Cannonball Read #6: The Four Corners of the Sky


Thank God this book is over! It took me the whole week to read The Four Corners of the Sky by Michael Malone, and I only reluctantly finished it. I was about 1/3 of the way through, and I figured I’d have to stick it out for the Cannonball Read. Why waste 160 pages?

The concept was great. Jack Peregrine, estranged con-artist father, lures his daughter, Annie, back into his life as he lays “dying” to help him recover a priceless 16th century Spanish statue. Jack’s on the run from the Cuban mafia and the FBI, but Annie goes to him to find out about her unknown mother as well as help him.

Kooky supporting characters include Annie’s soon-to-be ex-husband, Brad, who wants to reconcile; a lesbian aunt and her platonic roommate who raised Annie as aunt and uncle; a pair of friends – one of hers, and one of her father’s – who spout off platitudes, cliches and quotes throughout the story. Plus the FBI and the Navy – Annie’s a naval pilot. Oh yes, and a love interest.

I tried to enjoy this book and really get into it, but Malone’s continual movie references kept getting in the way. Let me give you some examples:

She wasn’t sure she could endure many more of these startling apperances of his, his flying at her out of nowhere like she was Janet Leigh in a shower.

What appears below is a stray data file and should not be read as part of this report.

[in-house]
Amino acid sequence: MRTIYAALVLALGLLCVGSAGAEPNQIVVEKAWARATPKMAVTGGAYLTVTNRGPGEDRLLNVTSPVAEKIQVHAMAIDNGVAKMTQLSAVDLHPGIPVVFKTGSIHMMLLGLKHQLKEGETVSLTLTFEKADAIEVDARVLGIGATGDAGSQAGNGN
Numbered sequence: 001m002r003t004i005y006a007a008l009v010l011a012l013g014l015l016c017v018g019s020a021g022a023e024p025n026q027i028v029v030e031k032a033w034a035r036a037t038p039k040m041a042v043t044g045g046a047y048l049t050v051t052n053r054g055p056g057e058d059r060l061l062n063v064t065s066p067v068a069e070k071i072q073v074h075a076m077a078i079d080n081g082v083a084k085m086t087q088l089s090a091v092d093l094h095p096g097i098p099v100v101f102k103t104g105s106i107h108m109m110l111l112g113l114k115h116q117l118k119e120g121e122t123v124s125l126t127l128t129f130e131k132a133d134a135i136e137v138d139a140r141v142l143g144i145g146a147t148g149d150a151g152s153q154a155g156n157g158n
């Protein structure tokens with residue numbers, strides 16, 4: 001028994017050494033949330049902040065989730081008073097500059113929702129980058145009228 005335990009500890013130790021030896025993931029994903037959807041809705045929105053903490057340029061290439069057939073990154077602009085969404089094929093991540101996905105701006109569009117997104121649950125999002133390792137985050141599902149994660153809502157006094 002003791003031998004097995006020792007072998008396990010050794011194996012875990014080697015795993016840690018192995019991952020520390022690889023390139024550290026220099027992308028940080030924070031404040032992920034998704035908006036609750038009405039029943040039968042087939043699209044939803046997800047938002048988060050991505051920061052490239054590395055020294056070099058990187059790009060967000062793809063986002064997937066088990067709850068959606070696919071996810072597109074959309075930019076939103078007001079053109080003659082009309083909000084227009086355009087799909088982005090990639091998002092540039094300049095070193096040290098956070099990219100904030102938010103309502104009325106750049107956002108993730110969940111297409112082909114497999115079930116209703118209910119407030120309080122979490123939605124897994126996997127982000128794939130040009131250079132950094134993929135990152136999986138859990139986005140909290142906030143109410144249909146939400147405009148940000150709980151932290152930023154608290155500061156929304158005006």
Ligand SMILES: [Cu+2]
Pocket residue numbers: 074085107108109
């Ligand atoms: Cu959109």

“Jack since you went away, I’ve gotten older. I can’t take much more of this send-things-and-save-things and you tearing out of the cornfield like North by Northwest.”

“Obviously,” the girl agreed as soon as she’d mastered the ironical eyebrow she had learned from Claudette Colbert.

Speaking of Claudette Colbert, if I weren’t so tired of thinking about this book, I’d go back and count the number of times she is mentioned. It would have to be twenty or more. Colbert’s name is listed as Annie’s mother on her birth certificate, and later in the novel Jack reveals Annie’s mother’s name as Kay Denham. Later she finds that is only the name of a character Colbert played in I Met Him in Paris

Not only is Claudette Colbert all over this novel, Malone mentions the quote from Stagecoach “Sorry, no silver cup” at least four times. Dude, I get it. You love old movies, and you know more about them than the average person. But shut the hell up and tell your story!

Yesterday, my 6-year-old asked me if there were any pictures at all in the books I read. I told her that when I read, I see the pictures in my head. Normally I’m so immersed in my books, that it’s hard to get my attention, and I have to force myself to slow down. I couldn’t read this book fast enough to just be done.


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